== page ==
My experience was tough. It was very hard at first. Teaching teenagers wasn’t an easy job. Until I started to love them unconditionally, accepting their flows and focusing on what they do right instead of catching them doing mistakes. One of the tools I held on to was Goethe’s quote: “If you treat an individual as he is, he will remain how he is. But if you treat him as if he were what he ought to be and could be, he will become what he ought to be and could be.”
I started creating for them experiences in which they show their talents and demonstrate their potentials. I encouraged them to be real and genuine. I did it for years while feeling satisfied with what I did between the walls of my classroom as an Educator.
What I wasn’t aware that I wasn’t aware of was what I was doing behind the walls of my home. With my daughter, who was a teenager too. ‘Maa’ndish banat’ was one of the statements I used with her to express my rejection towards some of her requests. Ignoring Goethe’s words and instilling in my daughter’s head that she is a girl, and hence she doesn’t have same rights like her brother. “Why?” My answer to her question was limited to: “Because you’re a girl”. It was a complete sentence for me back then. It included the meaning between the lines. It held the misconceptions my community transmitted from generation to another. And currently I no wonder why many women play the victim. We treat them as they are as ‘vulnerable creatures’ and they remain as they are, ‘victims’.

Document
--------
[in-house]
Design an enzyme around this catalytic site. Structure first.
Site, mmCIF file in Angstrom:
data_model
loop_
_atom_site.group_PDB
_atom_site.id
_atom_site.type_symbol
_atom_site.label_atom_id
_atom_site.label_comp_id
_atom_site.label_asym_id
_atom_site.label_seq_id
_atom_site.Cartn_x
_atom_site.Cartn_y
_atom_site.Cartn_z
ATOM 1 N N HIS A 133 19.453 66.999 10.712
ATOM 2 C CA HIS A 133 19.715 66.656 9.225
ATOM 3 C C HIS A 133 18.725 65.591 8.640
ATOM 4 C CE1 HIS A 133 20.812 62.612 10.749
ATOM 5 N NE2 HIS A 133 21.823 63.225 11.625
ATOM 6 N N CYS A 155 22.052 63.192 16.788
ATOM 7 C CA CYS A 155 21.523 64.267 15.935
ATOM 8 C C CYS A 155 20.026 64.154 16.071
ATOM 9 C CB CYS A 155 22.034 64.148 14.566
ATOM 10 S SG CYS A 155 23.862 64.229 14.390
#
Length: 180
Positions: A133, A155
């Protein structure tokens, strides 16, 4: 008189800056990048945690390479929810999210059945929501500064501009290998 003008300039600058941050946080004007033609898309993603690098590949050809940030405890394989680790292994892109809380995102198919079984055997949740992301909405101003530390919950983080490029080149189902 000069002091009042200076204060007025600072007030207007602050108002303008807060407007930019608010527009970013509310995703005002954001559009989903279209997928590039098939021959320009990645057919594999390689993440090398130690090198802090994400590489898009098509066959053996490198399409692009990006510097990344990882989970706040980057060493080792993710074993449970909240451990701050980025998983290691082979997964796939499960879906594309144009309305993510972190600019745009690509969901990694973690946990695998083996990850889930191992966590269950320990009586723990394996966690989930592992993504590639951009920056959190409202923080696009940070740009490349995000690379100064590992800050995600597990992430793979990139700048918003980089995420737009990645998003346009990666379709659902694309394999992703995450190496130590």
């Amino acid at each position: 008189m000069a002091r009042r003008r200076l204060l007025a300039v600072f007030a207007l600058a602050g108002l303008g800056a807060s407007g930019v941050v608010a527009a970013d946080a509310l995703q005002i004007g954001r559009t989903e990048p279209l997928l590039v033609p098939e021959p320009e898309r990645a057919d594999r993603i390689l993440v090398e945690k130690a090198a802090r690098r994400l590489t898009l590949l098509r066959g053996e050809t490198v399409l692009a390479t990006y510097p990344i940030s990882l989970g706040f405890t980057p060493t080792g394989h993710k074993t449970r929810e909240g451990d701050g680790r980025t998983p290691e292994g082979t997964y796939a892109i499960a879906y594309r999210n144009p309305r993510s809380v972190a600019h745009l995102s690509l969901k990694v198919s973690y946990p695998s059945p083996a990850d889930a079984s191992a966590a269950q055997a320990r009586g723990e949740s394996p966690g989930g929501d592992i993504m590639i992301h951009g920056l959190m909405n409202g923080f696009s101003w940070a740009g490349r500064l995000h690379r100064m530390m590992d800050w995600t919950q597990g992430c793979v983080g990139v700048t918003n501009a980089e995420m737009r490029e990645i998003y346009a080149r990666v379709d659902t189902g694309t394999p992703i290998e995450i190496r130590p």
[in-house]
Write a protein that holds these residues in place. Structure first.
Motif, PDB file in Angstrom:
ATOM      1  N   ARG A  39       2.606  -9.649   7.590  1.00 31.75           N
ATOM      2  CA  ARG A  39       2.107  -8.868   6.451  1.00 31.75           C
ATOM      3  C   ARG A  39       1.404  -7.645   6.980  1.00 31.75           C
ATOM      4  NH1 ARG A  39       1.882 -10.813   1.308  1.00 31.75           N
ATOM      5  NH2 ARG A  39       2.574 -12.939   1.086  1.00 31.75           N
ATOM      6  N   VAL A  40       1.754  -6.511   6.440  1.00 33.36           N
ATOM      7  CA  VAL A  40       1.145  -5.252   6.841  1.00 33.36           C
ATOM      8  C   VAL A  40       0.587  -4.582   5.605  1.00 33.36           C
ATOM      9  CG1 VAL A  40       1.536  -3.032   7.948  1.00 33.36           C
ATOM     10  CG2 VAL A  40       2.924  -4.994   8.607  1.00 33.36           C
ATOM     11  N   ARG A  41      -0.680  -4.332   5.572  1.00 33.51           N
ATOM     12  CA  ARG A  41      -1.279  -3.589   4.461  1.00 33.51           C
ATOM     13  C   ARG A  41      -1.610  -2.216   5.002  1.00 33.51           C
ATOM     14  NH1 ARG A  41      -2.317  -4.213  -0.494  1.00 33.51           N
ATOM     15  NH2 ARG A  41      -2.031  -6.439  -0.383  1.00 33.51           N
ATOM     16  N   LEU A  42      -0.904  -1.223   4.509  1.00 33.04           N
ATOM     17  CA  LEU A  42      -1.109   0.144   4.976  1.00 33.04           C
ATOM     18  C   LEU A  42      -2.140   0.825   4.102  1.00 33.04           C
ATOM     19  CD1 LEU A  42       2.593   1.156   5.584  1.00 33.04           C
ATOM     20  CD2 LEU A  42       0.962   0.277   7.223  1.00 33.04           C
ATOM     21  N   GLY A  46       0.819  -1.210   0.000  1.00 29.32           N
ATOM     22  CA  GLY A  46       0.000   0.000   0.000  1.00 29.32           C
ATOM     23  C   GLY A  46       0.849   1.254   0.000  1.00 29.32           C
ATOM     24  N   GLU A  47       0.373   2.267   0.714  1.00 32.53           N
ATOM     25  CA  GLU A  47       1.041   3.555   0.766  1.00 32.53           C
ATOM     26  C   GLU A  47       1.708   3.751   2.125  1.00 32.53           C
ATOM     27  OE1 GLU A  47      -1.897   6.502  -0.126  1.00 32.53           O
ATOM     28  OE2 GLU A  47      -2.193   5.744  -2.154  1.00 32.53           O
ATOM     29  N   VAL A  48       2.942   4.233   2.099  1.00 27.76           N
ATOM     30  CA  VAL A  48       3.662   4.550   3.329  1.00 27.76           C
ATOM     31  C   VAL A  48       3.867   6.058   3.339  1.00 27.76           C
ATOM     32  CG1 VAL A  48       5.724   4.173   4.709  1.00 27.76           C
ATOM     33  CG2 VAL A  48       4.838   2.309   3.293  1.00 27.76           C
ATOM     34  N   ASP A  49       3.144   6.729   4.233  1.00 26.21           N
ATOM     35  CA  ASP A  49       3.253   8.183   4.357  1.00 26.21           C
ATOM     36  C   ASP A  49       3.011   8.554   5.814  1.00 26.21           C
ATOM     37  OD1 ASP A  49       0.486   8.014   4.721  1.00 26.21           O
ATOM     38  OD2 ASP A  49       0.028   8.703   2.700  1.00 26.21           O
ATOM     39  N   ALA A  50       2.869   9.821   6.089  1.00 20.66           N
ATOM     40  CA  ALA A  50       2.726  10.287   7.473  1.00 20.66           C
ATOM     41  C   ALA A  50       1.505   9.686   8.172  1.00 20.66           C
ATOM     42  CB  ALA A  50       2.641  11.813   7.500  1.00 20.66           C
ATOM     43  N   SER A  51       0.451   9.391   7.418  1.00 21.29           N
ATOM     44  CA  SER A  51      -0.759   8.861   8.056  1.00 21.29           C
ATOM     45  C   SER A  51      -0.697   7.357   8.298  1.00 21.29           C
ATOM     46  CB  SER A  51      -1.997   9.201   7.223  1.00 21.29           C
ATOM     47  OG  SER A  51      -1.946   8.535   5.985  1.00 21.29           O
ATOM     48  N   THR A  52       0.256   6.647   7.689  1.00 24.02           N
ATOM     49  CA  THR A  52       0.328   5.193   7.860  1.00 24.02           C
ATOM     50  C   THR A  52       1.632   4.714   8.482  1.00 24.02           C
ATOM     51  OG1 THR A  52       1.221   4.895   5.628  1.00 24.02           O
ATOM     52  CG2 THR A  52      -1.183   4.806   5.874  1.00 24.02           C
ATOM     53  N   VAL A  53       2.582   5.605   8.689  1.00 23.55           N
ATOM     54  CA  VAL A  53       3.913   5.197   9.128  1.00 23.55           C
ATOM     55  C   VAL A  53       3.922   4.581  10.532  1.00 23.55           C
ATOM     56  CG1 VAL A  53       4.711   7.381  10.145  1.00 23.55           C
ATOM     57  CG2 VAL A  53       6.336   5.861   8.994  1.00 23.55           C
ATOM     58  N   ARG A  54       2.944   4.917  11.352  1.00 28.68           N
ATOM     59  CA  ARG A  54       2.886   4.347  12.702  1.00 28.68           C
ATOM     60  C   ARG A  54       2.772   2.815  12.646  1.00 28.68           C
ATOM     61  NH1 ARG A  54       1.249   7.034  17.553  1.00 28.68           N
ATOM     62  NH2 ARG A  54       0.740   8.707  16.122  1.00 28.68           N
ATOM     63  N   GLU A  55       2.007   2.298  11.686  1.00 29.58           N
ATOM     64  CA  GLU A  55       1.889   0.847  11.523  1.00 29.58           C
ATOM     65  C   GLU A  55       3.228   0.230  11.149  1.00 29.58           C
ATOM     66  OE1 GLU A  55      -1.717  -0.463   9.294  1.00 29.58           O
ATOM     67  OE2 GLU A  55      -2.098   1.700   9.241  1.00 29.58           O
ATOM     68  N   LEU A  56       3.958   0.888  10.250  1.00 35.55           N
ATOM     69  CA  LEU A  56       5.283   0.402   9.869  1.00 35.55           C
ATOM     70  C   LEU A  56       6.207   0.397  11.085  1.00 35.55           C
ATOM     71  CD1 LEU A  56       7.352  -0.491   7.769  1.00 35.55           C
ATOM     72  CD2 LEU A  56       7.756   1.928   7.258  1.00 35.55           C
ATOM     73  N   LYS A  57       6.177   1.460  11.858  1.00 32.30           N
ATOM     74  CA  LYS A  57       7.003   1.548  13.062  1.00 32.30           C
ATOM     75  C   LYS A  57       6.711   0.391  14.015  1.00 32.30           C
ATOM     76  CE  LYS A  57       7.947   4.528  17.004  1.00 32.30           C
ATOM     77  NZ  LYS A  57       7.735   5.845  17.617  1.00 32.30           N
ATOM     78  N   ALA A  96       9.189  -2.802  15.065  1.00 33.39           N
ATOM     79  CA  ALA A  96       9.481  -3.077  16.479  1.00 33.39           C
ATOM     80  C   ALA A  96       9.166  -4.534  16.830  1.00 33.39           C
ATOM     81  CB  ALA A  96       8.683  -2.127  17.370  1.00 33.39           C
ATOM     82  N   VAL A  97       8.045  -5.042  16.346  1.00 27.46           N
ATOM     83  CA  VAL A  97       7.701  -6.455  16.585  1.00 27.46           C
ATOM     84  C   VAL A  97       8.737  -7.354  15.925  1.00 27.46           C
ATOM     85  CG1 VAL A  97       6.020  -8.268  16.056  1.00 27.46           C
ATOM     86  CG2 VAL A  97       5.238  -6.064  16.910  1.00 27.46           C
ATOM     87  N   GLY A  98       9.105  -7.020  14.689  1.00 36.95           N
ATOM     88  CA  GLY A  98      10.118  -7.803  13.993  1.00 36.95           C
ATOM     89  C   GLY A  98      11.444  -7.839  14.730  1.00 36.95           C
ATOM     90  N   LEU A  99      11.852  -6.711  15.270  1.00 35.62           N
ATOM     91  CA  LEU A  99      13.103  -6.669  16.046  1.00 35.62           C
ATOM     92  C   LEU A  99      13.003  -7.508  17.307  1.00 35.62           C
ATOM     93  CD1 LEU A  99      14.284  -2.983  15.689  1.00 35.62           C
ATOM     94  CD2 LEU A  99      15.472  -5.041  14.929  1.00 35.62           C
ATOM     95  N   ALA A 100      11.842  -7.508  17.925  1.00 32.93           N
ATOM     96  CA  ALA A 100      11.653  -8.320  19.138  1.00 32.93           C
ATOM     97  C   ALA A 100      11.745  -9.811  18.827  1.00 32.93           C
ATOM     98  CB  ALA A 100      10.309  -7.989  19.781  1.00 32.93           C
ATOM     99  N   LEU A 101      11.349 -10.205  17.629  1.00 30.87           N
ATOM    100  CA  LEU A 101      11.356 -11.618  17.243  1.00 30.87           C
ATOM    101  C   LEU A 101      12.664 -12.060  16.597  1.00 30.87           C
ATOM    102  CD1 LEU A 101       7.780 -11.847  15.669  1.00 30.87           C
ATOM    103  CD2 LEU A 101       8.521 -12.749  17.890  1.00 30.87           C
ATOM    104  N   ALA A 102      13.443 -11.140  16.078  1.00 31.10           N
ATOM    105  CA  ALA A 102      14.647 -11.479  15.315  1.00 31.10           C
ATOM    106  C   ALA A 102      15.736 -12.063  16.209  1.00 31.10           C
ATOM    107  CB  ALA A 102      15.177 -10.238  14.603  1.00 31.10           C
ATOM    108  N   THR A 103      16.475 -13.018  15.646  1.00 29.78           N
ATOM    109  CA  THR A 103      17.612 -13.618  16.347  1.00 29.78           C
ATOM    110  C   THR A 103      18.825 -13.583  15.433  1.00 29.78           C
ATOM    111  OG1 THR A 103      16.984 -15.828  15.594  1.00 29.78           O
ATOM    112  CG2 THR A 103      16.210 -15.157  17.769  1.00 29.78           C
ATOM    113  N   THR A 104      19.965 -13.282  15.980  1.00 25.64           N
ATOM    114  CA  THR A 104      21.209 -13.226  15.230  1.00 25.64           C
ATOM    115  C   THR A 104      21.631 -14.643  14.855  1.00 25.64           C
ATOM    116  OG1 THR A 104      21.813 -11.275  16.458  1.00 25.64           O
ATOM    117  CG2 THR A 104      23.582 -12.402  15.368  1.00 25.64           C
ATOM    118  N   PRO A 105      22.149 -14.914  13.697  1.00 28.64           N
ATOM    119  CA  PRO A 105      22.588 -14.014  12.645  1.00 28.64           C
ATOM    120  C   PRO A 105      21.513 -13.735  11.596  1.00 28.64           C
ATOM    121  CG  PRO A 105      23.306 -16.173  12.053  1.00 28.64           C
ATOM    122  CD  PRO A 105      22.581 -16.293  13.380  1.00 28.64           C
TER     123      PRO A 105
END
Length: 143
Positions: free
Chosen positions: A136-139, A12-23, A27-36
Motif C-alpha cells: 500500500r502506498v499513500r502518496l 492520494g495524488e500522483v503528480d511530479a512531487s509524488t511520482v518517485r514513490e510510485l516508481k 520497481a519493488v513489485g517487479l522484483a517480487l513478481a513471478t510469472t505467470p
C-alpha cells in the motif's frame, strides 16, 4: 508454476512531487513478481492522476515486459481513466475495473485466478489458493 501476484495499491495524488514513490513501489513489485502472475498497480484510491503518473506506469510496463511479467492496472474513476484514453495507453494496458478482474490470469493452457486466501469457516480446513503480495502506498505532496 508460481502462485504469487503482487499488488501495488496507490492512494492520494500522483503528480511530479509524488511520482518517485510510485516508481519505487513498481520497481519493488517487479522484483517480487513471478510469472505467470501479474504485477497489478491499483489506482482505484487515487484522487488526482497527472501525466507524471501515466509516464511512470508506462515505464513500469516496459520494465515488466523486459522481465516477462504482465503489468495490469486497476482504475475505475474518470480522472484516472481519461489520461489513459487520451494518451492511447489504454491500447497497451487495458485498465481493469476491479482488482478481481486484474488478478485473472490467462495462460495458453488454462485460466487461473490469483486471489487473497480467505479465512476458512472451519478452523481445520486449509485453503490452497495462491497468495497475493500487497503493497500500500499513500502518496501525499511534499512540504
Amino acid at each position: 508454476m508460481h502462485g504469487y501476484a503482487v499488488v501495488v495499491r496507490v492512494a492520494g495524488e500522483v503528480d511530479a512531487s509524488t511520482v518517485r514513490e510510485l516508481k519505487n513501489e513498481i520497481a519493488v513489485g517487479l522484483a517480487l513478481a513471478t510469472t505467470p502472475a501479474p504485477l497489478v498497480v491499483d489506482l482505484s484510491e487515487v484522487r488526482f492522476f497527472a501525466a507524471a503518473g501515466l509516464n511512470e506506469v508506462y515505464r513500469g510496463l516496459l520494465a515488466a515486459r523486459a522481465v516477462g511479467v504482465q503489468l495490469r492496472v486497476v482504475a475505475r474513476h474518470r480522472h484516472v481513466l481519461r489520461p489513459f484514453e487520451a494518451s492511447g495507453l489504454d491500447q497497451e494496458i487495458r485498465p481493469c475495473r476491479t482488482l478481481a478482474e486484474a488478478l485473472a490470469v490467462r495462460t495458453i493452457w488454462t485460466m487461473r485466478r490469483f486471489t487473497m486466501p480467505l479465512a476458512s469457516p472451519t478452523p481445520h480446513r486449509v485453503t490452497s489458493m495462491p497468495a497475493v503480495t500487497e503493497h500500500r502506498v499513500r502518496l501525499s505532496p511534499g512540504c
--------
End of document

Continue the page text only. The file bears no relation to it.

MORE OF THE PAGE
My Fabulous Veils readers were angry at Gameela, my main character. For her submission. For her victimhood mode. For not standing for her rights. For not confronting her husband Sherif. On my turn I don’t feel angry at Gameela. I feel angry at the brainwash I was subject to. I feel angry at myself for living for years with rotten beliefs, accepting them and not taking a single action except for raising my children to believe in them too.
My daughter once told me a story of a carpenter who used to craft beautiful handmade pieces every time he felt angry. He did it to channel his anger, believing that anger is energy that he needed to get it out. I loved the story and adopted it. Channeling my anger at the misconceptions, wrong beliefs and brainwash I, and my community members, experience in Egypt, I write, I speak and I invite people to think.
A movement is what Fabulous Veils is. It isn’t a novel for people to read on a summer day while drinking a florida cocktail. It’s a call for action and reflection. It’s an appeal for a pause for evaluation. Our words and actions are powerful and they shape our fate and the fate of our children. We ought to slow down and think of how to treat them so that they become what they ought to be and could be.
“Ignorance cannot lead to evil, misconceptions lead to evil.” – Leo Tolstoy